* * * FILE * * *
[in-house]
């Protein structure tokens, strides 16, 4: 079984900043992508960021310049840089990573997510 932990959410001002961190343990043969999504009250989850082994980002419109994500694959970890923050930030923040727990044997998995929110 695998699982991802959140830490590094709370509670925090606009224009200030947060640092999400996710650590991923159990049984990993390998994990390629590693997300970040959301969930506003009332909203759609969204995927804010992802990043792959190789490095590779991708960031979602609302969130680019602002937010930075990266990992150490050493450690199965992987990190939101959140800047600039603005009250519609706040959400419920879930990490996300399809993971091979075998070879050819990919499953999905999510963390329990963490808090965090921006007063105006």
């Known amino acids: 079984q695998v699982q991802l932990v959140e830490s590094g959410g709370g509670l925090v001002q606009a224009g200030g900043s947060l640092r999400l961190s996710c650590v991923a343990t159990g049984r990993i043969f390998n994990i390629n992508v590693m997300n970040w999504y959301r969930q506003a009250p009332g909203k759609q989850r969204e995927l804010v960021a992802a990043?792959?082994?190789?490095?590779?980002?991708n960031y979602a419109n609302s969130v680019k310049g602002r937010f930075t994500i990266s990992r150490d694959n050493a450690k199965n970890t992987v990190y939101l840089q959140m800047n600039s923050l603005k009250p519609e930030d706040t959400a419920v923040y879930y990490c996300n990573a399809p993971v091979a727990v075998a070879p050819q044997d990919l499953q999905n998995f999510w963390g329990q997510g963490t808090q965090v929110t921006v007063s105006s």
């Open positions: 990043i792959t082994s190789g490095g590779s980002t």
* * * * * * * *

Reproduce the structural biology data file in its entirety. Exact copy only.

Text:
[in-house]
């Protein structure tokens, strides 16, 4: 079984900043992508960021310049840089990573997510 932990959410001002961190343990043969999504009250989850082994980002419109994500694959970890923050930030923040727990044997998995929110 695998699982991802959140830490590094709370509670925090606009224009200030947060640092999400996710650590991923159990049984990993390998994990390629590693997300970040959301969930506003009332909203759609969204995927804010992802990043792959190789490095590779991708960031979602609302969130680019602002937010930075990266990992150490050493450690199965992987990190939101959140800047600039603005009250519609706040959400419920879930990490996300399809993971091979075998070879050819990919499953999905999510963390329990963490808090965090921006007063105006």
């Known amino acids: 079984q695998v699982q991802l932990v959140e830490s590094g959410g709370g509670l925090v001002q606009a224009g200030g900043s947060l640092r999400l961190s996710c650590v991923a343990t159990g049984r990993i043969f390998n994990i390629n992508v590693m997300n970040w999504y959301r969930q506003a009250p009332g909203k759609q989850r969204e995927l804010v960021a992802a990043?792959?082994?190789?490095?590779?980002?991708n960031y979602a419109n609302s969130v680019k310049g602002r937010f930075t994500i990266s990992r150490d694959n050493a450690k199965n970890t992987v990190y939101l840089q959140m800047n600039s923050l603005k009250p519609e930030d706040t959400a419920v923040y879930y990490c996300n990573a399809p993971v091979a727990v075998a070879p050819q044997d990919l499953q999905n998995f999510w963390g329990q997510g963490t808090q965090v929110t921006v007063s105006s």
């Open positions: 990043i792959t082994s190789g490095g590779s980002t």